Studies show that an organization’s own people pose the most significant threat to information security and the privacy of customer, patient and employee data. Employers also must be mindful of negligent hiring claims and attempt to mitigate risk by ensuring that they protect their employees and customers from criminal misconduct by their employees. Employers have responded by implementing increasingly rigorous screening programs and by subjecting vendors’ and contractors’ employees to similarly stringent background checks. However, these screening programs can unwittingly create substantial legal exposure for the organization.
New federal and state laws are imposing increasingly complex restrictions on an employer’s use of criminal history and credit checks for hiring and other personnel decisions. At the same time, regulators such as the Federal Trade Commission and the Equal Employment Opportunity Commission are flexing their enforcement muscle in an area that previously had seen limited enforcement action. These enforcement actions have caught the attention of plaintiffs’ class action attorneys who challenge screening in practices in class action lawsuits alleging violations of federal Fair Credit Reporting Act and other state and federal laws.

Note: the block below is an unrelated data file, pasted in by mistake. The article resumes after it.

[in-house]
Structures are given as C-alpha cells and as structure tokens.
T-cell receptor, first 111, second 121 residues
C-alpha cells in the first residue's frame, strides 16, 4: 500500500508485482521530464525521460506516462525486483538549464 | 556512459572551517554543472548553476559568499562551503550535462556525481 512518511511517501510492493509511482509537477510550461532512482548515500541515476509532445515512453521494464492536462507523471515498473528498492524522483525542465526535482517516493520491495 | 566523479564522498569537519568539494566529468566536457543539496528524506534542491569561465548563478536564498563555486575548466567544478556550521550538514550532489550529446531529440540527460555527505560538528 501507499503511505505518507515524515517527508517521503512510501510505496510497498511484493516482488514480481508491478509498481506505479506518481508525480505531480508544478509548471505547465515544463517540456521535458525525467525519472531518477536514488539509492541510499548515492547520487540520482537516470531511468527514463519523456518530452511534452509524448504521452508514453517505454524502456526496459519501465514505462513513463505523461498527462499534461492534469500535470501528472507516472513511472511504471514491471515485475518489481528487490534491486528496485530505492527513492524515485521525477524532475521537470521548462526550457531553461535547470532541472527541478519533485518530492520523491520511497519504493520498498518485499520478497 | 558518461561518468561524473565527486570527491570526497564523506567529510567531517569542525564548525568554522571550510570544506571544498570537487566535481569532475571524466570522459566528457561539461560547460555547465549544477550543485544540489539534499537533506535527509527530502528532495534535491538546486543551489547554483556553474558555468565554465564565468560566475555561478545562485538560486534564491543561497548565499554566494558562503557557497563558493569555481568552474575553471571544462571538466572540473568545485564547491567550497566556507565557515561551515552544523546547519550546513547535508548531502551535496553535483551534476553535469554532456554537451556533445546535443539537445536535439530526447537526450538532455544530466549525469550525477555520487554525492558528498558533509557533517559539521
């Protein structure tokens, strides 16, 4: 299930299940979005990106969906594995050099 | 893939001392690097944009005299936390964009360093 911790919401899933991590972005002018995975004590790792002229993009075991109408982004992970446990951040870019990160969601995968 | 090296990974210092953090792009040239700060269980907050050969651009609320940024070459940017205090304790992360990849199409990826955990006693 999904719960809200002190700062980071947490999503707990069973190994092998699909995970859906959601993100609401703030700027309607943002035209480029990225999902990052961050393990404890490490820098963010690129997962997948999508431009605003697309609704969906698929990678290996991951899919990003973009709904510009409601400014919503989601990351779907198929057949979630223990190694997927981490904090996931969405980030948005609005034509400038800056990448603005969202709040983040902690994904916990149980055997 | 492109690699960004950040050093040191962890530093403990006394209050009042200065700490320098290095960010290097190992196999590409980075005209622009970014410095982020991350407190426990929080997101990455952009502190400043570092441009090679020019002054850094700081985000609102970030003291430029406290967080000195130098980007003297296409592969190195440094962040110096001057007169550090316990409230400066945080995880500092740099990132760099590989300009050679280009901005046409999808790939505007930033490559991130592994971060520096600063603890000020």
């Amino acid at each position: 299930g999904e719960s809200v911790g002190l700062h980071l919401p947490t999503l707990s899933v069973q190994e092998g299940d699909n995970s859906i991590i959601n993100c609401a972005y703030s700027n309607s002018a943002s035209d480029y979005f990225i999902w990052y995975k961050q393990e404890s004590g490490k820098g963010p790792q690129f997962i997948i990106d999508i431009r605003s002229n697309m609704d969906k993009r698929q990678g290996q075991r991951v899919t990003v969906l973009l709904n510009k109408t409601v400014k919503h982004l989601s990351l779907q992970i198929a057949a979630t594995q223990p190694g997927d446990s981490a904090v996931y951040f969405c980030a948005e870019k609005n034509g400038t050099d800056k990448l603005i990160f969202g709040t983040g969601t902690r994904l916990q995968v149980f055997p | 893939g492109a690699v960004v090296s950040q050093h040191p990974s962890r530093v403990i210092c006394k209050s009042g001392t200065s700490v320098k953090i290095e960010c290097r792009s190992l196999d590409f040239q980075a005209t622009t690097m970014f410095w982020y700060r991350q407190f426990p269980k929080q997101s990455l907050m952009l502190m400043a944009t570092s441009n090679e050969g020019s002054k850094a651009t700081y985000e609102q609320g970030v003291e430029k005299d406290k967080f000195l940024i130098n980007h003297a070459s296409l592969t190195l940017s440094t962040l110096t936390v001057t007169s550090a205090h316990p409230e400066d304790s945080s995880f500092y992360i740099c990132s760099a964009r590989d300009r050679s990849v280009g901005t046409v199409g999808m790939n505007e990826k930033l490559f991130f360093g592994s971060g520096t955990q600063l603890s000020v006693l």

In this presentation, an expert in the area of background screening will describe these critical new federal and state law developments and their implications. She also will provide practical and strategic recommendations on conducting effective background checks in compliance with the web of new laws regulating the area of background screening, including the federal Fair Credit Reporting Act, the Equal Employment Opportunity Commission’s recent guidance on the use of arrest and conviction records for employment purposes and new state laws that restrict the use of criminal records and credit reports.
EEOC Issues Updated Criminal Record Guidance that Highlights
Important Strategic and Practical Considerations for Employers
Vermont Becomes the Eighth State to Restrict the Use of Credit Reports for Employment Purposes
The FTC Staff Report on “40 Years of Experience with the Fair Credit Reporting Act” Illuminates Areas of Potential Class Action Exposure for Employers